Let's hope Barnhart lands a job covering SEC football.
By Jay Coulter
Well it looks like this internet thing is here to stay. And the daily newspapers around the country are paying the price. Before our very eyes, we are seeing the demise of an American staple. Reading the paper is as much a habit as screaming at your kids to hurry up and get dressed in the morning.
Now it appears to be coming to an end.
In recent weeks a slew of big name newspaper writers have walked away from their jobs after years on the beat. Phillip Marshall left The Huntsville Times last month to begin an online venture with ESPN.
Christa Turner of The Columbus (Ga.) Ledger-Enquirer left her job as Auburn football beat writer after a round of cuts at the paper. Now the names are getting even bigger.
The Atlanta Journal-Constitution is offering some of its top writer's lucrative buy-outs to leave - and they are taking them. First on the list is Furman Bisher, perhaps the most widely known and heralded sports writer in the history of the Southeast. The 89 year-old legend is said to be on his way out after a 58 year career at the paper.
Joining him is the person I consider to be the best college football reporter in the nation, Tony Barnhart. He is simply the best at covering the SEC - period. And let's not forget that Barnhart voted Auburn number one in 2004 when most of his colleagues didn't.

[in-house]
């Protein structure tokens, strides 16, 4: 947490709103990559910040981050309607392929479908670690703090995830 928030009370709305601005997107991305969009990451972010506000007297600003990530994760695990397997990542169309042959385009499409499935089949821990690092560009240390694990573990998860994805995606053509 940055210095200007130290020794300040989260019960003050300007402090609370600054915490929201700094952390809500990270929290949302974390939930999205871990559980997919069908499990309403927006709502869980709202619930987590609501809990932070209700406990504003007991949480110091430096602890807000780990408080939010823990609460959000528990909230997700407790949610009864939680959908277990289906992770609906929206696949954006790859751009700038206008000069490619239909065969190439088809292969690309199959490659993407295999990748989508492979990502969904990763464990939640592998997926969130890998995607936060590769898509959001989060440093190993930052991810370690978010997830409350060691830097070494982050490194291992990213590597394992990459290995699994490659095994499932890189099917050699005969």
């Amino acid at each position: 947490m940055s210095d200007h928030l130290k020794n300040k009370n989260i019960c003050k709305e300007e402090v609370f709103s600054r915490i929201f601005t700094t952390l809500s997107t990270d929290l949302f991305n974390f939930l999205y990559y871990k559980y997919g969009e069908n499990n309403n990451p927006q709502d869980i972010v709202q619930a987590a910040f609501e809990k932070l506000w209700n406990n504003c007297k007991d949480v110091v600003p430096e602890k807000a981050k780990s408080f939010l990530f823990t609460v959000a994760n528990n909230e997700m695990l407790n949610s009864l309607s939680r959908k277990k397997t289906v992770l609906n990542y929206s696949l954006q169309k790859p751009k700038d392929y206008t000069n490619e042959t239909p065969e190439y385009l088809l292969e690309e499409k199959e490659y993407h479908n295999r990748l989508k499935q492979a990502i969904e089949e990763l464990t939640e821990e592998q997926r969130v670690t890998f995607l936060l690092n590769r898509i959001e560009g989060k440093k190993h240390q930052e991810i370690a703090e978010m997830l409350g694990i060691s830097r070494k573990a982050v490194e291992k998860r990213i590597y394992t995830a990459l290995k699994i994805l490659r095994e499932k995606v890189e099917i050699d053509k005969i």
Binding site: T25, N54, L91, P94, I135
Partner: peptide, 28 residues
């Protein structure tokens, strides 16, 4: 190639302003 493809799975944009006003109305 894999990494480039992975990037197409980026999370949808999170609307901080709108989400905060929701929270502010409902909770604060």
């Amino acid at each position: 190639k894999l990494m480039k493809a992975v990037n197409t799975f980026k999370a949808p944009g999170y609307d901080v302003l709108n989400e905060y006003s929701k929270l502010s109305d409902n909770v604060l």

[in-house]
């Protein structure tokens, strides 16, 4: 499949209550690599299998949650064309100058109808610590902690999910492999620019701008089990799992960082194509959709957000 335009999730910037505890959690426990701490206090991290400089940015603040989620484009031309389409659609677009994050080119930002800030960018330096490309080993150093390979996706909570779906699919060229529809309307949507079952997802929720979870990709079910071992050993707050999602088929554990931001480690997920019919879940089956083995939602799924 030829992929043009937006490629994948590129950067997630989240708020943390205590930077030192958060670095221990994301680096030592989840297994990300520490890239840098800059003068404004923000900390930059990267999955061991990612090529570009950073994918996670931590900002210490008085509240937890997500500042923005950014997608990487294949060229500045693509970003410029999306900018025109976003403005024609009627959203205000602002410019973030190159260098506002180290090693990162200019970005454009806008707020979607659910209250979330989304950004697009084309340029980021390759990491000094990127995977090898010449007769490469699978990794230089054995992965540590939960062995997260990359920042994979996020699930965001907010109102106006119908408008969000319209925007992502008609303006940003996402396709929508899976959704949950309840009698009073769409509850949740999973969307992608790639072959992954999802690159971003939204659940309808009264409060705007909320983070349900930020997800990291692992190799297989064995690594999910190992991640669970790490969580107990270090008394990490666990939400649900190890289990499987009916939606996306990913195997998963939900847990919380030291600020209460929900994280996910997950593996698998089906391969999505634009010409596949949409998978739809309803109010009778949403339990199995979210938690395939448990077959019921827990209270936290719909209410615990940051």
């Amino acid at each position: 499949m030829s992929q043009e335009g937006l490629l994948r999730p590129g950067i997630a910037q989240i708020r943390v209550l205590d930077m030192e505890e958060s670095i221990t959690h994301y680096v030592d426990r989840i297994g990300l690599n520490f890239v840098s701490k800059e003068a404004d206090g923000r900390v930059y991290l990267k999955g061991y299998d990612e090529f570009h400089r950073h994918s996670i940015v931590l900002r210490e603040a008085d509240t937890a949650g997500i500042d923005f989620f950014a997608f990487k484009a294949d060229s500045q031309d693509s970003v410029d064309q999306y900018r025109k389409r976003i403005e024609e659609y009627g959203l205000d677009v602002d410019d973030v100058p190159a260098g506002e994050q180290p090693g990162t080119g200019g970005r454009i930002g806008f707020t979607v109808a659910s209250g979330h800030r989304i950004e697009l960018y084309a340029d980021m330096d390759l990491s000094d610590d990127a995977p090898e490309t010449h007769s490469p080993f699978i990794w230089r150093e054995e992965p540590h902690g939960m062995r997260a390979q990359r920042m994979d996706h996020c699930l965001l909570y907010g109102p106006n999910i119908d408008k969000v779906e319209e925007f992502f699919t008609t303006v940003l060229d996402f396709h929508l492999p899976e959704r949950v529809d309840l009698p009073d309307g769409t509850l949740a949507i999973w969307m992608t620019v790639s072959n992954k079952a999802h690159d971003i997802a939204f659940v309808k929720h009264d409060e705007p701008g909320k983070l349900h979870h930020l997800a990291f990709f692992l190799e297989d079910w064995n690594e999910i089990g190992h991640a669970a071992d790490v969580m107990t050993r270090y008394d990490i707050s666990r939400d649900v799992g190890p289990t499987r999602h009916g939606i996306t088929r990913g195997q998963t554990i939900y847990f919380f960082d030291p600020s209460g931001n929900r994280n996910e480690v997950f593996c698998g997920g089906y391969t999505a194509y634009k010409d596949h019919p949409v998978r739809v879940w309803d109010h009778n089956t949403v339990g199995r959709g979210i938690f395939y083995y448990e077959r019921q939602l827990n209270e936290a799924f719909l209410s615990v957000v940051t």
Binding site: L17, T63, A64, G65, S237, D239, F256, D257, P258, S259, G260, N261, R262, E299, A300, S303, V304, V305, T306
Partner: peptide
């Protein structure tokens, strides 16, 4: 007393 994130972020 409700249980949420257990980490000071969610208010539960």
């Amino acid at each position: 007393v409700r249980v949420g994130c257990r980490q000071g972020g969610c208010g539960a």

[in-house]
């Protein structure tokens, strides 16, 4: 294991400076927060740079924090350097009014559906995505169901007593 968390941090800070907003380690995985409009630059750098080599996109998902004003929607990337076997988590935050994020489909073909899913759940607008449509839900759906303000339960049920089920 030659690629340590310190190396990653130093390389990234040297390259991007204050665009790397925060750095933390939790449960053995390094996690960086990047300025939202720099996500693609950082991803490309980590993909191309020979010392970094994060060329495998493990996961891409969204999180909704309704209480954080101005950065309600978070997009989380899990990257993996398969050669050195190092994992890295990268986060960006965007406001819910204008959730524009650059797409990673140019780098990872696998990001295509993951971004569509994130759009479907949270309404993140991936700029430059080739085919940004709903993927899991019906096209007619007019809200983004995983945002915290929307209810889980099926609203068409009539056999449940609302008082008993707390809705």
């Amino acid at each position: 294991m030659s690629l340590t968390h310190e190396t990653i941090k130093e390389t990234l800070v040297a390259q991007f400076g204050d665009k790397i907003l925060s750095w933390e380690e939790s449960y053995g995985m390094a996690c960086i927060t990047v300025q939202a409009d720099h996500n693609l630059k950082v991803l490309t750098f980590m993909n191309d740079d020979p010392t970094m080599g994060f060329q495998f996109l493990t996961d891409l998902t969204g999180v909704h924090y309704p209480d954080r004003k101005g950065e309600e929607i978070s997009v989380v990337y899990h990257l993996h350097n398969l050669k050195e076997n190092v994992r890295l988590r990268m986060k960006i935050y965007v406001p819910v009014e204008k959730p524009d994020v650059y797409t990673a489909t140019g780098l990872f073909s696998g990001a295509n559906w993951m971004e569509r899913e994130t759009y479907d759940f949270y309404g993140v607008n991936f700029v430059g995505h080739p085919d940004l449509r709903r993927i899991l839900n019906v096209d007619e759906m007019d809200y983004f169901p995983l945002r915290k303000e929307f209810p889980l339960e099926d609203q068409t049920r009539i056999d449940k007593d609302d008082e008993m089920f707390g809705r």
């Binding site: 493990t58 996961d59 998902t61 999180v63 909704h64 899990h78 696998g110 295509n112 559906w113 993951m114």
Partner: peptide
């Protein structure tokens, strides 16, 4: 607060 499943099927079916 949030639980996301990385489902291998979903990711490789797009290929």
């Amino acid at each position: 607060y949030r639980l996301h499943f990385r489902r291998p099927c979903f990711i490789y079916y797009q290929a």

Barnhart commented on his blog this week about the move, without giving any details. "I want to acknowledge and say thanks to those of you who wrote words of encouragement concerning an upcoming change in my relationship with the AJC, said Barnhart. "Given the realities of the blogosphere the word has gotten out about some of the tough decisions a lot of us in this business are having to make. I'm not in a position to talk about it now but I hope to be able to do so soon. But I did want to thank you for the kind notes."
The bottom line is this: the daily newspaper is obsolete. With news available 24 hours a day online, there's little need for a newspaper. When that paper arrives in your mailbox each morning, it's already outdated. Your laptop, blackberry and iPhone already have more current stories available.
Newspapers around the country have yet to figure out how to move to an online format and remain profitable. You simply cannot sell ads for the same price you do in print. The market is just not there yet. We'll continue to see more and more of the big names in journalism go to work for online news services.
There's never been a better time to be a sports fan. It's not humanly possible to read all there is about Auburn football each day. But in some ways it's sad. It's the end of an era.
Some of my most vivid childhood memories are of me and my father driving 30 minutes to Auburn on a Sunday morning after a big win to buy the Birmingham, Montgomery and Opelika-Auburn newspapers. I can still see the big headlines and the color pictures of my favorite players celebrating after wins over Alabama and Georgia.
It was like opening a gift on Christmas morning. Now all I have to do is turn on the computer.